The Continental Army was formed by the Second Continental Congress after the outbreak of the American Revolutionary War by the colonies that became the United States of America. Established by a resolution of the Congress on June 14, 1775, it was created to coordinate the military efforts of the Thirteen Colonies in their revolt against the rule of Great Britain. The Continental Army was supplemented by local militias and troops that remained under control of the individual states or were otherwise independent. General George Washington was the commander-in-chief of the army throughout the war. Most of the Continental Army was disbanded in 1783 after the Treaty of Paris ended the war. The 1st and 2nd Regiments went on to form the nucleus of the Legion of the United States in 1792 under General Anthony Wayne
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Religious
There is no scholarly consensus over what precisely constitutes a religion. It may be defined as a cultural system of designated behaviors and practices, world views, texts, sanctified places, prophesies, Ethics in religion">ethics, or organizations, that relate humanity to the supernatural, transcendental, or spiritual. Different religions may or may not contain various elements ranging from the divine, sacred things, faith, a supernatural being or supernatural beings or "some sort of ultimacy and transcendence that will provide norms and power for the rest of life". Religious practices may include rituals, sermons, commemoration or veneration (of deities), sacrifices, festivals, feasts, trances, initiations, funerary services, matrimonial services, meditation, prayer, music, art, dance, public service, or other aspects of human culture
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Mexican-American War
The Mexican–American War, also known as the Mexican War in the United States and in Mexico as the American intervention in Mexico, was an armed conflict between the United States of America and the United Mexican States (Mexico) from 1846 to 1848. It followed in the wake of the 1845 American Texas Annexation">annexation of the independent Republic of Texas, which Mexico still considered its northeastern province and a part of its territory after its de facto secession in the 1836 Texas Revolution"> Texas Revolution a decade earlier. Mexico obtained independence from the Kingdom of Spain and the Spanish Empire with the Treaty of Córdoba in 1821, and briefly experimented with monarchy, becoming a republic in 1824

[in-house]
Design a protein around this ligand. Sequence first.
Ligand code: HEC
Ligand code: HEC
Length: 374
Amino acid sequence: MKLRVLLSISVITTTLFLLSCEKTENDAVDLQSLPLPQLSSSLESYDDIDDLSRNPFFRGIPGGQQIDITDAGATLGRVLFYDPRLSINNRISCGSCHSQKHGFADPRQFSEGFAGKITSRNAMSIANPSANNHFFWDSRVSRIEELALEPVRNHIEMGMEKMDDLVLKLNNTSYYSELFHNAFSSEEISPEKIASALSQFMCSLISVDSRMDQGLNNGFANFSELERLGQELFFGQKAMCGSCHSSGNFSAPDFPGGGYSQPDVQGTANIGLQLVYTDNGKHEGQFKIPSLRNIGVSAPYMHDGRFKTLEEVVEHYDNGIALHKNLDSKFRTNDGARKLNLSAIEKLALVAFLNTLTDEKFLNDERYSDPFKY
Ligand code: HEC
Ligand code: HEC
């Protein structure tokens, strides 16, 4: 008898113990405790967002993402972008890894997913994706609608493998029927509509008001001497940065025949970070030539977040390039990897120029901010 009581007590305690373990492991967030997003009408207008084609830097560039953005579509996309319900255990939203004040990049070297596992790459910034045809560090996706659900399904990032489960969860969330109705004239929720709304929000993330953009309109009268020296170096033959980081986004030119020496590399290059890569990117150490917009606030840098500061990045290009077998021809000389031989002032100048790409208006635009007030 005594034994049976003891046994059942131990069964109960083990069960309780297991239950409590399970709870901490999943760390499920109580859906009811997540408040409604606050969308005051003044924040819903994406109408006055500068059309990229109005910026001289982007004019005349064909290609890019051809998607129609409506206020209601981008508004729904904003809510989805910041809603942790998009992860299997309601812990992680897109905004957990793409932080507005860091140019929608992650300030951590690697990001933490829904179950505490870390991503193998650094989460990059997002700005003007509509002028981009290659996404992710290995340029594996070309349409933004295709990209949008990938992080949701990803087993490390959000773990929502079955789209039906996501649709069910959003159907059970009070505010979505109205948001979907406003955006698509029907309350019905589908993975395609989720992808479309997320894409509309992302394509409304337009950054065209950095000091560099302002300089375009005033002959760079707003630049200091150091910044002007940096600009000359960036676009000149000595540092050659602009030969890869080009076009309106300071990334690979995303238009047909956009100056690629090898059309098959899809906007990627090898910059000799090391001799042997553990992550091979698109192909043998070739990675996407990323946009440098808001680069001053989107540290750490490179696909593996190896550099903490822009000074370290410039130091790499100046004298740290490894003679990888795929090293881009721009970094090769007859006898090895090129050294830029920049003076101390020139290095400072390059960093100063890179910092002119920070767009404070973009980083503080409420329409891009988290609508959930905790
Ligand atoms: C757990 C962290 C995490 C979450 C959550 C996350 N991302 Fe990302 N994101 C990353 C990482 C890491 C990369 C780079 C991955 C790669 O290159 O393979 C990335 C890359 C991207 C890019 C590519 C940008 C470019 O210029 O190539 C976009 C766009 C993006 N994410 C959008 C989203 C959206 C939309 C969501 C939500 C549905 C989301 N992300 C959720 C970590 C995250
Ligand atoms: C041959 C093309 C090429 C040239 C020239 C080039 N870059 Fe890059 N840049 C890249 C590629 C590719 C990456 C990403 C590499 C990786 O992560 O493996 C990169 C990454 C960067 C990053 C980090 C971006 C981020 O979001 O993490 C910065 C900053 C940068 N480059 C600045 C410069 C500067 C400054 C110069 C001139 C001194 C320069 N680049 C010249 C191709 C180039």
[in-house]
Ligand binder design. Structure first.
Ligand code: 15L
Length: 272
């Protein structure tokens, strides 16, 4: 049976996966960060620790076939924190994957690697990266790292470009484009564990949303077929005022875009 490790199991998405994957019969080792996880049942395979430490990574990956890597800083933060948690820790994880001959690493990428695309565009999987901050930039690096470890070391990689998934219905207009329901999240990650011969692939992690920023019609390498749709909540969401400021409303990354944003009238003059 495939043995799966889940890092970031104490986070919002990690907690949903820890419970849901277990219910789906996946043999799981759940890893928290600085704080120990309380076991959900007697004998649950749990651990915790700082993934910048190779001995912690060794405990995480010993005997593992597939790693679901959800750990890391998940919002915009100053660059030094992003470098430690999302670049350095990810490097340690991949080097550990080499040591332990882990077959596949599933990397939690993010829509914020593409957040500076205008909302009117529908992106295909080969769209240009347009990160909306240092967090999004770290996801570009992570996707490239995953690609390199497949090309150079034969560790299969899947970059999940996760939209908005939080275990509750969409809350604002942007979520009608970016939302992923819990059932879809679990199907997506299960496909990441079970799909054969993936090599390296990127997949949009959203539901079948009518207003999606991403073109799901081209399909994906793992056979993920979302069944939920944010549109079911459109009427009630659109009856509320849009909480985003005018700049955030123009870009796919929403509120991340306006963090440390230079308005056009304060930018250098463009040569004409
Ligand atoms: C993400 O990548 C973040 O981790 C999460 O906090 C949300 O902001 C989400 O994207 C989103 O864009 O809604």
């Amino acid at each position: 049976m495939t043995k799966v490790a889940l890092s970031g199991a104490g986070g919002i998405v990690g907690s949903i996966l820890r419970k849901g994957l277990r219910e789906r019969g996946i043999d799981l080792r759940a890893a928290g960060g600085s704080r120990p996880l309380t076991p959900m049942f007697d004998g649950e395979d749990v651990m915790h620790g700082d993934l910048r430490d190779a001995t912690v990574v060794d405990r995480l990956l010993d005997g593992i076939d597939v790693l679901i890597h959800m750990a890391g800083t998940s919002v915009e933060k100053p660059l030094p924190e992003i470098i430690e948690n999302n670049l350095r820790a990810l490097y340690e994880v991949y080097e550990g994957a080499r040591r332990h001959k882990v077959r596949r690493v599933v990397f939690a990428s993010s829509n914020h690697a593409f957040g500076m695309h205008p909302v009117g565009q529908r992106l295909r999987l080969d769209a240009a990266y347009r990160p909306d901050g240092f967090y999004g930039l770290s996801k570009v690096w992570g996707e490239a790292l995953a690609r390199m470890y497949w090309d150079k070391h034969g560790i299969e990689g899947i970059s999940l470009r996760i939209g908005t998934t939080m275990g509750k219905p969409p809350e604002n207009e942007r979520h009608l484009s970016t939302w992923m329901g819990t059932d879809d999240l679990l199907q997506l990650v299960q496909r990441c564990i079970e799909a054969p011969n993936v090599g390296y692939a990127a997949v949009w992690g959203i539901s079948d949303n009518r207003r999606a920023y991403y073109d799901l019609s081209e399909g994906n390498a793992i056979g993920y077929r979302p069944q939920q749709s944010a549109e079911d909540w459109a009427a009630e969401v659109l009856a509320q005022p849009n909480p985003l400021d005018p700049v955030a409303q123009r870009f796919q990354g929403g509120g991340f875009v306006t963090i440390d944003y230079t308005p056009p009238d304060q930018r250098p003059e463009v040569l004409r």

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Distinguished Service Medal (U.S. Army)
The Distinguished Service Medal (DSM) is a military award of the United States Army that is presented to any person who, while serving in any capacity with the United States military, has distinguished himself by exceptionally meritorious service to the Government in a duty of great responsibility. The performance must be such as to merit recognition for service that is clearly exceptional. Exceptional performance of normal duty will not alone justify an award of this decoration. Separate Distinguished Service Medals exist for the different branches of the military as well as a fifth version of the medal which is a senior award of the United States Department of Defense
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Seaman
Seaman is a naval rank and is either the lowest or one of the lowest ranks in most navies around the world. In the Commonwealth, it is the lowest rank in the navy. The next rank up is able seaman, followed by leading seaman, which is followed by the petty officer ranks. In the United States, it means the lowest three enlisted rates of the U.S. Navy and U.S. Coast Guard, followed by the higher petty officer ranks. The equivalent of the seaman is the matelot in French-speaking countries, and Matrose in German-speaking countries. The term "seaman" is also a general-purpose for a man or a woman who works anywhere on board a modern ship, including in the engine spaces, which is the very opposite of sailing. This is untrue in the US Navy where a sailor might be a seaman but not all US Navy sailors are a 'Seaman' as they might be an Airman, Fireman, Constructionman, or Hospital Corpsman
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Edward D. Townsend
Edward Davis Townsend (August 22, 1817 – May 10, 1893) was Adjutant General of the United States Army from 1869 to 1880. The son of David S. & Eliza (Gerry) Townsend and grandson of Vice President Elbridge Gerry, Townsend was educated at Boston's Latin School before graduating from the United States Military Academy in 1837. He was commissioned a second lieutenant in the Second U. S. Artillery and served as that regiment's adjutant and participating in the Second Seminole War and the relocation of the Cherokee Nation. In 1846 he was transferred to the Adjutant General's Corps and assigned to duty in Washington, D.C. He served on the Pacific coast from 1851 to 1856, after which he returned to Washington for the remainder of his career. In February 1869 he was promoted to brigadier general and became adjutant general. Townsend retired in 1880